|Death: ||May 17, 1662|
New London County
The bright Starre of our cavallrie lyes here,
Unto the State a counsellour full deare,
And to ye truth a friend of sweet content,
To Hartford towne a silver ornament.
Who can deny to poore he was releife,
And in composing paroxysmes was chiefe,
To Marchantes as a Patterne he might stand,
Adventring dangers new by sea and land.
[Richard Lord was born in Townchester, Northampton, England in 1611, and baptized there on January 5, 1612, the son of THOMAS & DOROTHY (BIRD) LORD. He immigrated with his parents in 1633 at about 22 years of age, and became a freeman on March 4 1634/5. Between 1656 and 1661, he was a deputy to the general assembly at Hartford, served on the Connecticut petit jury in July of 1640, a constalble of Hartford in 1642, and a selectman in 1644..
Between 1639 and 1646, the Colonial Records of Conn. mention his name six times regarding legal issues. For example, in April 1642, during an argument with his brother-in-law, Thomas Stanton, regarding trading with the Indians in Long Island, Richard drew his sword and threatened Thomas. For this, he was ordered to pay a 5 pound fine.
On April 23, 1662, he was one of the patentees of the royal charter for Connecticut. He was elected Captain of a company of Troopers (the first cavalry of the colony) under the command of Major John Mason on March 11, 1657.
By 1635, he had received land in Cambridge, Mass. which included a homelot with a garden plot, one rod in "Cowyard Row", three acres on "Small Lot Hill", one rod in "Ox Marsh, and three acres in the "Great Marsh". He was one of the largest landholders in Hartford with nearly 50 parcels of land. On March 13, 1661/2 he was granted 350 acres of upland and 50 acres of meadow.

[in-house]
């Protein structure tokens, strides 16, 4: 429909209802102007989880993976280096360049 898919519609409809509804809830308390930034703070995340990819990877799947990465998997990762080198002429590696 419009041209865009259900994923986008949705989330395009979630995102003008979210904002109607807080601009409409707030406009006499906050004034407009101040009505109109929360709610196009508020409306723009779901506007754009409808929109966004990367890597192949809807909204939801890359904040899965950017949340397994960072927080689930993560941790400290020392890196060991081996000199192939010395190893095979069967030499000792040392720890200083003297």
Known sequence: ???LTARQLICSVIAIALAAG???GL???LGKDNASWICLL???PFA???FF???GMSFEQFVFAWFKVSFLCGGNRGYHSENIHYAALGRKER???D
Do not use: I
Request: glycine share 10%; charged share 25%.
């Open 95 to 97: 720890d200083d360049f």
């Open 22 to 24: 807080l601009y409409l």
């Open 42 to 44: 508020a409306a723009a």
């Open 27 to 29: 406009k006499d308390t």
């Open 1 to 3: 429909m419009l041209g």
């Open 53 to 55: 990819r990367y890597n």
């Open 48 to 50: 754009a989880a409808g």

Richard & his father were merchants in Hartford and some of their dealing were in New London, Conn. It was there that he died and was buried even though his residence was in Hartford with his wife Sarah (married about 1635 in Hartford). Administration of his estate was granted on September 5, 1662 to Mrs. Lord, widow. The estate amounted to œ3488 11s 1 d. There were debts due him from a wide range of places including most towns in Connecticut, Long Island, Delaware, Virginia, "Indian debts", Barbados, & England. His widow died at Hartford in 1676.
The known children of Richard & Sarah Lord:
Richard Lord, Sarah (Lord) Haynes, Dorothy Lord, & Jerusha (Lord) Whiting. -courtesy of Nareen Lake]
Thomas Lord (1585 - 1678)
Dorothy Bird Lord (1588 - 1676)
Sarah Graves Lord (1615 - 1676)*
Richard Lord (1635 - 1685)*
Sarah Lord Haynes (1639 - 1705)*
Richard Lord (____ - 1662)
Anna Lord Stanton (1614 - 1688)*
William Lord (1618 - 1678)*
Thomas Lord (1619 - 1662)*
Robert Lord (1625 - 1678)*
Aymie Lord Gilbert (1626 - 1691)*
Dorothy Lord Ingersoll (1631 - 1657)*
New London County
Created by: Jan Franco
Record added: Jul 11, 2005
Find A Grave Memorial# 11339681
Added: Mar. 30, 2015
Added: Apr. 11, 2014
May GOD Bless You ! !::::::::::::::::::::::::::::::::::::::::It is on Major General Benjamin Butler's in Lowell, Middlesex County, Massachusetts, the monument reads."the true touchstone of civil liberty is not that all men are equal but that every man has...(Read more)|
Jonathan Robert De Mallie
Added: Oct. 4, 2013
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